Sunday, March 2, 2014

Book Review: Courtship Rite

Book Review: 'Courtship Rite' by Donald Kingsbury


1 / 5 Stars

The genre of ‘sociological SF’ began (arguably) with the release of Dune in 1965 and only picked up speed during the New Wave era with the publication of Stand on Zanzibar (1968) and The Left Hand of Darkness (1969). It remained prominent in the 70s with The Sheep Look Up (1972), The Shockwave Rider (1975), and M. A. Foster’s The Warriors of Dawn trilogy (1975). The 80s saw Oath of Fealty (1981), Helliconia Spring (1982), Courtship Rite (1982), A Door Into Ocean (1986), and The Shore of Women (1986), among others.

Sociological SF novels centered on elaborate world-building and were often lengthy, demanding reads. ‘Courtship Rite’ certainly fits that billing. The novel originally appeared as a serial in Analog in 1982, and was released in hardback and trade paperback editions by Pocket Books that same year. This Pocket Books paperback (409 pp.) was released in September, 1983. The cover painting is by Rowena Morrill.

The planet Geta isn’t very welcoming to Terran life; the landmasses of the planet are primarily desert ecosystems. The biochemistry of the native plant and animal life renders it toxic, and inedible, to humans. The absence of large animals compatible with human biochemistry means that the only ready source of protein on Geta is…..people !

Not Soylent Green-style wafers, but full-on roasted thighs and arms, braised ribs, spiced organ meats, and skin tanned for making boots and leggings !

So, as the Terran colony on Geta has expanded and grown into a civilization comprised of various clans, its sociology has evolved elaborate rituals and mores to govern the eating of human flesh. During the periodic famines that ensue from the failure of Terran crops to grow in the unforgiving Getan soil, criminals and those considered genetically unfit are the first to undergo ritual suicide in order to provide sustenance for the good of society. Individuals who are (understandably) reluctant to sacrifice themselves are spurred by the knowledge that disobeying the social contract is punished by being flayed alive.

During non-famine times, transgressors remain vulnerable to having their noses cut off, or being subjected to ritual suicide. And, because it’s laborious to process corpses for consumption purposes, war (and its mass casualties) is an extremely rare phenomenon on Geta; disputes between families, clans, or nations are settled by complex rituals designed to make sure that none of the tasty goodness goes to waste.

‘Courtship’ deals with the efforts of the maran-Kiel family, of the landlocked city of Kaiel-hontokae, to acquire the coastal town of Sorrow. Their strategy to acquire Sorrow and its surrounding territory is to marry Oelita, Sorrow’s priestess. 


Oleita – considered a heretic for her opposition to ritual suicide – has no intention of letting her people be subjugated by the Kaiel. So begins the ‘courtship rite’ of the book’s title, which involves lethal dangers for Oelita.

But as the maran-Kiel proceed with their plans, the society of Geta is itself poised for momentous events…..for the Sky God circling the night sky has bestowed upon the Kaiel the long-lost knowledge of the ancestors...........

‘Courtship’ was a struggle to read; at times I came very, very close to abandoning it.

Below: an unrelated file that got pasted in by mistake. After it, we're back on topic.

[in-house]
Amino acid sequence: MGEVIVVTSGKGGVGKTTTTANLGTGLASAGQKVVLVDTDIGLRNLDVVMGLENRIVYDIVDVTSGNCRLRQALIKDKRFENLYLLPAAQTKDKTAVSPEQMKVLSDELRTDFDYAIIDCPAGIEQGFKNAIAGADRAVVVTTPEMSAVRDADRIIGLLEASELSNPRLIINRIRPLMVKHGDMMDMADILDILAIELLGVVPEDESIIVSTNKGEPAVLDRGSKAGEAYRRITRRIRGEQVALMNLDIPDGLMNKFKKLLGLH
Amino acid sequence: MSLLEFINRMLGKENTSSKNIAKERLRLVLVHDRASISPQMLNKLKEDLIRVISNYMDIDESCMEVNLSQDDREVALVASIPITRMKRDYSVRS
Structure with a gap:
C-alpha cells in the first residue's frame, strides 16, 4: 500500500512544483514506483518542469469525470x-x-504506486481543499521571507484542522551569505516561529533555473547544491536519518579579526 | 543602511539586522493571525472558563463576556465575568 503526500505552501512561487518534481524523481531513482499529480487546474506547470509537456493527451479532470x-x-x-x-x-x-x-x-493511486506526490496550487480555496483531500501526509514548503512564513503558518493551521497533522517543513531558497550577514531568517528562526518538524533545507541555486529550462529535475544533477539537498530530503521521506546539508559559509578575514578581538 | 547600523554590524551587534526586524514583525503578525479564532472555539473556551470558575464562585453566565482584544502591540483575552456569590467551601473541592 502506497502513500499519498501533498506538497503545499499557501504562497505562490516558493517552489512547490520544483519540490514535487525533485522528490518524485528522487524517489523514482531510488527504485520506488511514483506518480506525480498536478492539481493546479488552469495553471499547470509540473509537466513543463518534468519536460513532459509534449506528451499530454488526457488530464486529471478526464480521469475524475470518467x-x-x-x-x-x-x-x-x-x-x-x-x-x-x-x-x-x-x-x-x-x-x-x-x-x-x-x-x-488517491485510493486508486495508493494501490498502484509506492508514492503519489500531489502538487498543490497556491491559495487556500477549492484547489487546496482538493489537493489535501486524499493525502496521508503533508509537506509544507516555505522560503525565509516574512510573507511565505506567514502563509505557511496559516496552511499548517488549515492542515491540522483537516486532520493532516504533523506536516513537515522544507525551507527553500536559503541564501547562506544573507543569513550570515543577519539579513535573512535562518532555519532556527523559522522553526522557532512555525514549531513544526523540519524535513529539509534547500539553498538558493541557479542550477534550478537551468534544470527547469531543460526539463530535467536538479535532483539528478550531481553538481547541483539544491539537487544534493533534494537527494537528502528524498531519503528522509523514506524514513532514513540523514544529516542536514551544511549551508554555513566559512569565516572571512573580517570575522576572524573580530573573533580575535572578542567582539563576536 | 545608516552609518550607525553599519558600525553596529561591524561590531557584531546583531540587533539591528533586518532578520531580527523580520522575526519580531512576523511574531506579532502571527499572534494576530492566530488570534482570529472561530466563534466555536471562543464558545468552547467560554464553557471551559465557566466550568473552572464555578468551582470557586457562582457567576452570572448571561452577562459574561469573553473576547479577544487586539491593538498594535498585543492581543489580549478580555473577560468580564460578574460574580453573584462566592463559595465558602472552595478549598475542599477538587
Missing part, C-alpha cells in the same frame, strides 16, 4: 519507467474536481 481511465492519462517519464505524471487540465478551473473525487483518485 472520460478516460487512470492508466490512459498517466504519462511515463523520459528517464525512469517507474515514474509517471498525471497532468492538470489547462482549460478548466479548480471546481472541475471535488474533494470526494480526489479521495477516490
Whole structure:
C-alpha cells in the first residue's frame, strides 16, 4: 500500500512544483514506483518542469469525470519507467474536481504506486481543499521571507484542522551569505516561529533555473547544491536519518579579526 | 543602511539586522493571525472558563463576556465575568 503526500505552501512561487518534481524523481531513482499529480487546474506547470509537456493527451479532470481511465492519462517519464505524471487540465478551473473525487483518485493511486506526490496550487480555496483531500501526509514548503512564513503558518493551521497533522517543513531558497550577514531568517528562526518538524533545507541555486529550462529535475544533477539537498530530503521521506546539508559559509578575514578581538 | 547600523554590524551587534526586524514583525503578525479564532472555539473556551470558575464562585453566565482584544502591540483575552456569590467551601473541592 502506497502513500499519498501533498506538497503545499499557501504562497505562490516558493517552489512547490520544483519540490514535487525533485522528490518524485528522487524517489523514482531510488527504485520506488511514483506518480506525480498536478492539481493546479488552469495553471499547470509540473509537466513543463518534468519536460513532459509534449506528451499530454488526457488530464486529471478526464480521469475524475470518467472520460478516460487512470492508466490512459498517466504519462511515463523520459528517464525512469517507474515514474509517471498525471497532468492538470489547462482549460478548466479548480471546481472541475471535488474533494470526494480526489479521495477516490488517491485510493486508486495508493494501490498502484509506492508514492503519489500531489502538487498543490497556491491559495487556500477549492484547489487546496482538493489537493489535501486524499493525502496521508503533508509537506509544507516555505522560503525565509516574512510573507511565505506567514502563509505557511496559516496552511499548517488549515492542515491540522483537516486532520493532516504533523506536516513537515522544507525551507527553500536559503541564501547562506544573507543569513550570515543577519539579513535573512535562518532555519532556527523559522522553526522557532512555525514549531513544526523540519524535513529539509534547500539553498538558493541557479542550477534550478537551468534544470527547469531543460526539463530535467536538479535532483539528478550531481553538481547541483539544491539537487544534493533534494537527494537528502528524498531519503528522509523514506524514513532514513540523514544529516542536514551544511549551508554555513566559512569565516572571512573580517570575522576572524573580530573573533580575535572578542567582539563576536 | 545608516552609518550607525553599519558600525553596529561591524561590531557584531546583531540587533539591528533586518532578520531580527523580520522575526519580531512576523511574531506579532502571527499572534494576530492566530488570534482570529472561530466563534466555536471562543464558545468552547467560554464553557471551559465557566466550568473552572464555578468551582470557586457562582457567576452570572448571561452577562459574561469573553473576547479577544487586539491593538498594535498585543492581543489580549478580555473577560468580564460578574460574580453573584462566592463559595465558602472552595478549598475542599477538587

It suffers from many of the shortcomings of the sociological sf novel. For example, the opening chapters dump an unending string of invented terms and proper nouns onto the reader, burdening him or her with inferring their meaning and significance from unfolding segments of dialogue and expository passages.

The plot is thin, too thin, in fact, to sustain a narrative of over 400 pages. Most of the narrative is preoccupied with documenting the emotional and psychological interactions of the large cast of characters, interactions conveyed through lengthy conversations and internal monologues. It doesn’t help matters that the author uses Polynesian and Asian cultures as the models for Getan society, leading to dialogue that carries with it the stilted, labored cadence of the formal forms of a foreign language interpreted into English.


This leads to the following prose contortions, all within just one short chapter:: 

Humility the concubine, who bears the honorific The Queen of Life-Before-Death, has a friend called Saucy Nipples; The Queen is instructed that the Liethe watch all Gatherings; she invokes the White Mind meditation technique to relax her inner turmoil; as The Queen  travels the route through The Valley of Ten Thousand Graves to a rondezvous at The Peak of Blue Concern, the 'cursed' Lattice of Evidence is 'prickling her mind'......and as the chapter ends, The Queen contemplates taking passage on a ship as a wench to the Mnankrei Storm Master........ 

The entire novel is written with a reverential devotion to this mind-numbing style of prose.  

Most readers will recognize early on the significance of the ‘Sky God’, the Mysterious Machine of the Ancestors, and the remarkable Crystals of Knowledge, and their looming importance to the plot. But when these artifacts do intervene, it is in a casual, contrived manner that makes the main narrative only slightly more interesting for all their intervention.

‘Courtship’ (which was Donald Kingsbury’s first novel) was nominated for a Hugo award, and won considerable critical praise upon its release. In reality, it’s not that remarkable, and I can’t imagine that many contemporary sf readers would have the patience to stay with it.

To me, ‘Courtship Rite’ is a reminder of how tedious sf had become by the early 80s. Although only two years separate them, reading ‘Neuromancer’ alongside ‘Courtship’ is striking for the way it illuminates the impact cyberpunk had on a genre in the doldrums.
 

1 comment:

phf said...

Hmmm...I quite liked it.